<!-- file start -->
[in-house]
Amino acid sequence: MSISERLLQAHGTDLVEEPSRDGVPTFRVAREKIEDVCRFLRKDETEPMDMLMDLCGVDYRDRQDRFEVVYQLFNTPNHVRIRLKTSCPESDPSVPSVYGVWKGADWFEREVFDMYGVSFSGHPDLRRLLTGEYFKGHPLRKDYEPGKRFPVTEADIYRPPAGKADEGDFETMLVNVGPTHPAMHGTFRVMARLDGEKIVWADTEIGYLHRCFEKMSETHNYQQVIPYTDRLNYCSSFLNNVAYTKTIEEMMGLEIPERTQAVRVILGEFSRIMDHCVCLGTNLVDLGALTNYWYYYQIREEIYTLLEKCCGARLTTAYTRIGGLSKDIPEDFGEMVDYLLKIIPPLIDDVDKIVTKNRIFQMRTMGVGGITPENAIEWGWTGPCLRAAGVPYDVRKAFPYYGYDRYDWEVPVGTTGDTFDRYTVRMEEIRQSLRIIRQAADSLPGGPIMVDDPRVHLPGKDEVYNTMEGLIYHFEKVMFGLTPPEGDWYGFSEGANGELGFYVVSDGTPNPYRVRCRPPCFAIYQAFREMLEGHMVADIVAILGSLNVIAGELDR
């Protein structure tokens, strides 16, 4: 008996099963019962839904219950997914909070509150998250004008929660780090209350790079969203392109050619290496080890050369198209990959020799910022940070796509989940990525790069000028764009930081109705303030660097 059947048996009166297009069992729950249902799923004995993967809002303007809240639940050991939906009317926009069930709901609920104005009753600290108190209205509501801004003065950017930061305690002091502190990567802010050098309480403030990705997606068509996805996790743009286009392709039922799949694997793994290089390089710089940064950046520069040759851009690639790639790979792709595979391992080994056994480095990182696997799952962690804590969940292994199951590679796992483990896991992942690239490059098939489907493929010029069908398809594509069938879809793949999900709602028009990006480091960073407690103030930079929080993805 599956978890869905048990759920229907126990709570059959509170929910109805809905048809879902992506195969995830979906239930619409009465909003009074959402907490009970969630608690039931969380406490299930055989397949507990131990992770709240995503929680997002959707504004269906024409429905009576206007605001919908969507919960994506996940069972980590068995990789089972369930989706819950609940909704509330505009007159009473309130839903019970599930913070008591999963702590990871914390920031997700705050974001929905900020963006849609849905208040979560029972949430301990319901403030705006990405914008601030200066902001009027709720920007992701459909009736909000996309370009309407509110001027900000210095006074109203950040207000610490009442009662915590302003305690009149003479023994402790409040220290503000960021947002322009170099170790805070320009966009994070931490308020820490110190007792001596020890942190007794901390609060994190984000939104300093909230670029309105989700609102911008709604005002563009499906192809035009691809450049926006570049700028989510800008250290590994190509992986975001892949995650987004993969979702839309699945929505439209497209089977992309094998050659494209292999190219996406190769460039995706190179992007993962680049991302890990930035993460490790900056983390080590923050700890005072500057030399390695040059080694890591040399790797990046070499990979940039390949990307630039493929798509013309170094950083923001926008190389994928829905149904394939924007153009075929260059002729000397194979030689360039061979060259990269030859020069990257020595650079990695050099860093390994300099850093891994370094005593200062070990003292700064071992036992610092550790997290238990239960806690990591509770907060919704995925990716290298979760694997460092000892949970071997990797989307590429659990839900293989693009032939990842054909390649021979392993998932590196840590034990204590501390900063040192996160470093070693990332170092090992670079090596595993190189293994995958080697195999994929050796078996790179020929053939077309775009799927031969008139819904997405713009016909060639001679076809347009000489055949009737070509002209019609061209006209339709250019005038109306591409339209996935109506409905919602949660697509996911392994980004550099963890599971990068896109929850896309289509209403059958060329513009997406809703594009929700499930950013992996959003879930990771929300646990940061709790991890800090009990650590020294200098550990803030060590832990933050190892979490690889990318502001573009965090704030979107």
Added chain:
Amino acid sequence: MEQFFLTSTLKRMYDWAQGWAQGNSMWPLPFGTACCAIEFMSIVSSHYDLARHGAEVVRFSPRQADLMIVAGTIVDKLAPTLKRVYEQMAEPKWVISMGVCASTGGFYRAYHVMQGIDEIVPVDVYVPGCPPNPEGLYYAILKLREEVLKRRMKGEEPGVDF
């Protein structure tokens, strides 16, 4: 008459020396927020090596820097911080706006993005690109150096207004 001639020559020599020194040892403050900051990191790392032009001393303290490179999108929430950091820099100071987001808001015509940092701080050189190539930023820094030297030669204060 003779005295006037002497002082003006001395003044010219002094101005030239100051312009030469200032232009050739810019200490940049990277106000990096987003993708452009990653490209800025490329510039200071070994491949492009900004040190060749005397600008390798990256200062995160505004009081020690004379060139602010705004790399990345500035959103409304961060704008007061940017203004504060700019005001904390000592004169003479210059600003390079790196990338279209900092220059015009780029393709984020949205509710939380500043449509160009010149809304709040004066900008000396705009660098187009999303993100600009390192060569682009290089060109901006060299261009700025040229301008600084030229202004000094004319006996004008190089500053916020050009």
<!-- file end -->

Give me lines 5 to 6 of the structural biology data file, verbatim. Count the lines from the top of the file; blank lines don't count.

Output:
Amino acid sequence: MEQFFLTSTLKRMYDWAQGWAQGNSMWPLPFGTACCAIEFMSIVSSHYDLARHGAEVVRFSPRQADLMIVAGTIVDKLAPTLKRVYEQMAEPKWVISMGVCASTGGFYRAYHVMQGIDEIVPVDVYVPGCPPNPEGLYYAILKLREEVLKRRMKGEEPGVDF
């Protein structure tokens, strides 16, 4: 008459020396927020090596820097911080706006993005690109150096207004 001639020559020599020194040892403050900051990191790392032009001393303290490179999108929430950091820099100071987001808001015509940092701080050189190539930023820094030297030669204060 003779005295006037002497002082003006001395003044010219002094101005030239100051312009030469200032232009050739810019200490940049990277106000990096987003993708452009990653490209800025490329510039200071070994491949492009900004040190060749005397600008390798990256200062995160505004009081020690004379060139602010705004790399990345500035959103409304961060704008007061940017203004504060700019005001904390000592004169003479210059600003390079790196990338279209900092220059015009780029393709984020949205509710939380500043449509160009010149809304709040004066900008000396705009660098187009999303993100600009390192060569682009290089060109901006060299261009700025040229301008600084030229202004000094004319006996004008190089500053916020050009």